St. Louis Attorneys Reflect on Teaching School Law to Educators
The educational leadership program at Saint Louis University is fortunate to have several attorneys with knowledge about legal issues in education who serve as instructors for their school law courses.
Preparing educators to serve in leadership roles as principals or as district or diocesan level administrators involves teaching graduate students a broad range of subjects. While most courses are taught by full-time faculty within the educational leadership program, specialized classes require instructors who bring unique knowledge and experience to the classroom. Maureen Wangard, Ph.D., a coordinator in the Catholic and public school leadership programs for Saint Louis University’s School of Education, recently interviewed two attorneys who serve as adjunct instructors for the graduate programs in educational leadership.
The Public School Perspective
Michael Hodge teaches School Law and Advanced School Law to master’s and doctoral students enrolled in the public school educational leadership programs. Jody Wood, Ed.D., an associate professor in educational leadership, remarked “students tell me how much they love Mike Hodge’s class.” Hodge worked as a teacher for several years before attending law school and can relate well to issues in education because of his teaching experience. Megan Wade, a master’s student in his class, observed she appreciated “having a professor with training in both content areas in addition to real-life experience practicing school law. During our class sessions, it is clear Mr. Hodge is very knowledgeable about our course topics and beyond. My favorite part of the course so far is how Mr. Hodge has invited several guest speakers to our class sessions, which has been a great opportunity to learn from local professionals about how education and the law intersect and interact."
The Catholic School Perspective
Tom Buckley also teaches School Law and Advanced School Law to master’s and doctoral level students enrolled in the Catholic school leadership programs; however, there are several notable differences between classes offered for public and Catholic school educators. Since Buckley teaches school law for Catholic school educators, he incorporates civil and canon law related to Catholic education. John James, Ed.D., director of the graduate programs in Catholic school leadership, shared his appreciation for the breadth of Buckley’s knowledge, stating, “Law has so many specialties and sub-specialties that finding expertise and competence in the particular area of Catholic school law is often very hard to find. We are fortunate to have someone of Tom's caliber and expertise teaching for us." Buckley serves as general counsel for the archdiocese of St. Louis and takes a keen interest in constitutional issues surrounding topics such as school choice and first amendment rights. Eileen Quinones, a doctoral student based in Houston, Texas, believes Buckley is an excellent professor because “his class has a practical and experiential approach, focused on our role as administrators. Anecdotes, examples, and knowledgeable advice are the hallmark of this important course.”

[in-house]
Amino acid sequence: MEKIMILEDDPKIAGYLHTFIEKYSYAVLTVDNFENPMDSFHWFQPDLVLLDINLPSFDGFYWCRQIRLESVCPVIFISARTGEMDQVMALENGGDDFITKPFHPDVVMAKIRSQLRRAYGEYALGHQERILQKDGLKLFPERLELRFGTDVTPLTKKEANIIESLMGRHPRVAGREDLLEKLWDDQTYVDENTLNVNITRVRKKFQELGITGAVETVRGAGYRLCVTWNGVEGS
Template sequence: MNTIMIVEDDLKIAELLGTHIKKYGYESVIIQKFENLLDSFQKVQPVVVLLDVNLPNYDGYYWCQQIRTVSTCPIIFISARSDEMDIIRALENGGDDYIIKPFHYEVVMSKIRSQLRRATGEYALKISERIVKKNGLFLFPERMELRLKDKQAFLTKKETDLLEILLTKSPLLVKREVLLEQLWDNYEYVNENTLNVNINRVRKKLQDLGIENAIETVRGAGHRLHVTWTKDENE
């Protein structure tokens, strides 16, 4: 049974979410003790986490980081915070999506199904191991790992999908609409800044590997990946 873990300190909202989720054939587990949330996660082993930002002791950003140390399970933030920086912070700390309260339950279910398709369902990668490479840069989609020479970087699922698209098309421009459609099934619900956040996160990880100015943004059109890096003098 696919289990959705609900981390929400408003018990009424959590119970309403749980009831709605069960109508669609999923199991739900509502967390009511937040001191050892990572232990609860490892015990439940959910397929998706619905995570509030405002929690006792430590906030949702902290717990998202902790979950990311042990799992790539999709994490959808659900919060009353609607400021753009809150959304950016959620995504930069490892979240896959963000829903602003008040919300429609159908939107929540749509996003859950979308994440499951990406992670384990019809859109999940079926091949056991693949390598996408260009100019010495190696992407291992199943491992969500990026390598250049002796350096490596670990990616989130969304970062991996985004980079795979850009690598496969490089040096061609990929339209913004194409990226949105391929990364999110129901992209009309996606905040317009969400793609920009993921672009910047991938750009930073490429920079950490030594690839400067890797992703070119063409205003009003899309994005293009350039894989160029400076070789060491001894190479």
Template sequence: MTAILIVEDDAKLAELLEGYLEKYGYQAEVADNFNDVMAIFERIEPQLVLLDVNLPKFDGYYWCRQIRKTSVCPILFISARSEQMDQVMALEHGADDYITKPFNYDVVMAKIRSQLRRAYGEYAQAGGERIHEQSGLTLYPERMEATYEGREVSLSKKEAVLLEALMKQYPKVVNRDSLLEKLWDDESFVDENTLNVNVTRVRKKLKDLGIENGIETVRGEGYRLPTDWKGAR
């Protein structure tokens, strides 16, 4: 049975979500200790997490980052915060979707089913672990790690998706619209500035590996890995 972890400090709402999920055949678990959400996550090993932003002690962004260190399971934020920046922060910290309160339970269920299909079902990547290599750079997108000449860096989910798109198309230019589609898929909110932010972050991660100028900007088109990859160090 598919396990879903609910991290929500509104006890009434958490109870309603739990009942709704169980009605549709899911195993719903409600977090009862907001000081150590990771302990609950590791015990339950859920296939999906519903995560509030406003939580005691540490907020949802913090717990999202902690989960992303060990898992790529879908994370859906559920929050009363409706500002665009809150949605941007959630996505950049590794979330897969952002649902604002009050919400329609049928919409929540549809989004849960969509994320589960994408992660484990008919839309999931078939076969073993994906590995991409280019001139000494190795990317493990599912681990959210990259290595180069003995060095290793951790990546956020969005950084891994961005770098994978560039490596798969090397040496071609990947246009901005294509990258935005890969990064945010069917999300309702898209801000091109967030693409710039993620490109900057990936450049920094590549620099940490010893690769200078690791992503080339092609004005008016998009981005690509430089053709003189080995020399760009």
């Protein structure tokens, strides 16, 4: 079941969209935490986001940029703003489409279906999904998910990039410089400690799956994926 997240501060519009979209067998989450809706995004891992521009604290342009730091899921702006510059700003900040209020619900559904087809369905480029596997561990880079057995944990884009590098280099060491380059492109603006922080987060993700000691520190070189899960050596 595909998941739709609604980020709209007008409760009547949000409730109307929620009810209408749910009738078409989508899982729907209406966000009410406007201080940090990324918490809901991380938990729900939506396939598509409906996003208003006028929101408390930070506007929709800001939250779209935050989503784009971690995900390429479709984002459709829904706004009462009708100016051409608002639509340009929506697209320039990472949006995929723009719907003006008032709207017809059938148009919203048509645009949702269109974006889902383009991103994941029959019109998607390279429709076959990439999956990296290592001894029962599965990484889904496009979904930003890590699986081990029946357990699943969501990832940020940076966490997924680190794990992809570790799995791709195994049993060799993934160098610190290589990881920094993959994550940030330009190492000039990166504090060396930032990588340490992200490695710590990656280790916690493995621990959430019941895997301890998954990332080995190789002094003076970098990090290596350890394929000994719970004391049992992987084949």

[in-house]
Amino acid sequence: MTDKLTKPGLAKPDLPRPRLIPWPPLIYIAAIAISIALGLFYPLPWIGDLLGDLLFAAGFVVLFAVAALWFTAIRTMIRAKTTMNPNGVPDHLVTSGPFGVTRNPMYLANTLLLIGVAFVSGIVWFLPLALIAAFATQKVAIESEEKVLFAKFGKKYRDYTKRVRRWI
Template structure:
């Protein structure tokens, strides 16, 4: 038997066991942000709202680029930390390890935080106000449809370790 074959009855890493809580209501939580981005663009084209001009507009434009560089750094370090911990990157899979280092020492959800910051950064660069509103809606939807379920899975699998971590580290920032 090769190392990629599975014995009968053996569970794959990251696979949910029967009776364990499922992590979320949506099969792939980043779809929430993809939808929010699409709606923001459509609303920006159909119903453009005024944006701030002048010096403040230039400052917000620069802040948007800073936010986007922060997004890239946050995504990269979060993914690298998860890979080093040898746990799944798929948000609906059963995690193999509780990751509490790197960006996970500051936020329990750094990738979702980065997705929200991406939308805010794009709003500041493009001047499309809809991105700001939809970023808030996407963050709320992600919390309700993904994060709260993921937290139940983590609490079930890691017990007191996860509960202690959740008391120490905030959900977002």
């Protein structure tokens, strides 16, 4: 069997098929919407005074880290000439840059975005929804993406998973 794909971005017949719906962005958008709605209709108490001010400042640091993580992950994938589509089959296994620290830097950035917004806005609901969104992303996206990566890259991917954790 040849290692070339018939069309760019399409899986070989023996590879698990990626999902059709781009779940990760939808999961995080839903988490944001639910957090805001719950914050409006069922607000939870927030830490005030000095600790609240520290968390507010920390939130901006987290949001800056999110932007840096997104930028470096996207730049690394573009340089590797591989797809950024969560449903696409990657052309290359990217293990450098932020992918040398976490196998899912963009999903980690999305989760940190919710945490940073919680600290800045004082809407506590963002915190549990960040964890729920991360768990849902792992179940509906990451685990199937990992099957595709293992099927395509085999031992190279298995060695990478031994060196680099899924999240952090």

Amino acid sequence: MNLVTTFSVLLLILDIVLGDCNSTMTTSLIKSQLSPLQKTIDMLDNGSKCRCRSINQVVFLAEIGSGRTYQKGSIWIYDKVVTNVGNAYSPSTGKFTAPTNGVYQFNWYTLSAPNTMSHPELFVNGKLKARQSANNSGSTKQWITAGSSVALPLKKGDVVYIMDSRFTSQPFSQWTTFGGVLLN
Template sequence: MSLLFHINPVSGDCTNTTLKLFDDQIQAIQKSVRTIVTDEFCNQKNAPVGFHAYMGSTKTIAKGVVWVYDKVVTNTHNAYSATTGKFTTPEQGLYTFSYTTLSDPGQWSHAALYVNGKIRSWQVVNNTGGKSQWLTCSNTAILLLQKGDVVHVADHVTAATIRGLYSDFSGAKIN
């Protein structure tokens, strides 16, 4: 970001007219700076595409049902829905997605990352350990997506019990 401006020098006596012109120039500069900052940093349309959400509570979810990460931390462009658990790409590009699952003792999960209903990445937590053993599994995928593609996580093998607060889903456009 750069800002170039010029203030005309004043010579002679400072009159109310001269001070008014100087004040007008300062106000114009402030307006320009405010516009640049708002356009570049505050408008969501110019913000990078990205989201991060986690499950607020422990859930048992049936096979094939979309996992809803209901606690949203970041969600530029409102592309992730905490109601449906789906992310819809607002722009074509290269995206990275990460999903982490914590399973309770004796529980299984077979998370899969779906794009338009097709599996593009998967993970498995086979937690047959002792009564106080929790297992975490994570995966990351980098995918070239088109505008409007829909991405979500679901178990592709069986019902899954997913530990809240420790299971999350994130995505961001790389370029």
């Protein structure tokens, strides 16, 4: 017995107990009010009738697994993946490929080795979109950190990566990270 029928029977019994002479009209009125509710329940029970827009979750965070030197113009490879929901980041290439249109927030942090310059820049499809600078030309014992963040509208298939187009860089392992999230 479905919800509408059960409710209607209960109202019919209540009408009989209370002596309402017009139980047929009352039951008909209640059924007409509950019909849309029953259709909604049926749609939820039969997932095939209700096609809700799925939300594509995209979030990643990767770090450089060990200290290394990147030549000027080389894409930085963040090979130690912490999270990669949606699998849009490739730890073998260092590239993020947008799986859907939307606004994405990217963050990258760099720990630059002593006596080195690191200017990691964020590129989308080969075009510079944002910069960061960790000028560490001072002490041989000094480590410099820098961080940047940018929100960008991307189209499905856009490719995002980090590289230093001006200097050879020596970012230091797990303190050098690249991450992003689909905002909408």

The Impact of Law on School Leadership
When he spoke with Wangard, Buckley talked about the ways in which legal issues influence practical, everyday issues for educators, principals, and upper-level administrators, which often go unnoticed by students and parents in elementary and secondary schools. Julie Gates, a doctoral student in the Catholic school leadership program who teaches at St. Louis Catholic Academy, indicated that although she has very little background in school law, “Professor Buckley provided me with an amazing understanding by making his class very practical. We focus on real-world scenarios to help us better understand situations that we may encounter one day as Catholic school educators and leaders."
Likewise, Hodge discussed how laws passed in the state legislature and court case decisions have a domino effect in terms of how new laws can impact what happens in the day-to-day operation of a school. Caleb McCandless, a doctoral student in Saint Louis University’s Kansas City cohort, appreciated Mr. Hodge’s class, saying, “I was impressed with Mike's knowledge of the laws and statutes that affect public education. I especially enjoyed the in-depth conversations about key court decisions and how they impact school leadership.”
Collaboration Between Educators and Attorneys
Wangard hopes current and incoming students watch the videos of Buckley and Hodge because they both stressed the importance of collaboration between educators and attorneys and they use a similar approach in their teaching styles. After speaking with both attorneys, Wangard remarked that their outlook and approach makes what might be a scary experience for some educators feel much less intimidating because “they view attorneys as partners with educators and encourage open communication and dialogue.” Master’s student Troy Ruckman appreciates how “Professor Hodge utilizes his outside expertise in law to create an engaging class that thrives on discussion centered on important issues in education, making the experience an overall excellent class!” Likewise, Lourdes McKay, shared a similar observation about Buckley, saying, “For me, a good law professor's qualities are the same ones that make an excellent person, such as compassion, intelligence, humility, and humor, to name a few, and Professor Buckley has them all.” Educational leadership faculty agree that students in the program are very fortunate to learn from Hodge and Buckley and the lessons learned will follow them through their careers as leaders in education.
For more information about the educational leadership programs at Saint Louis University, visit their website.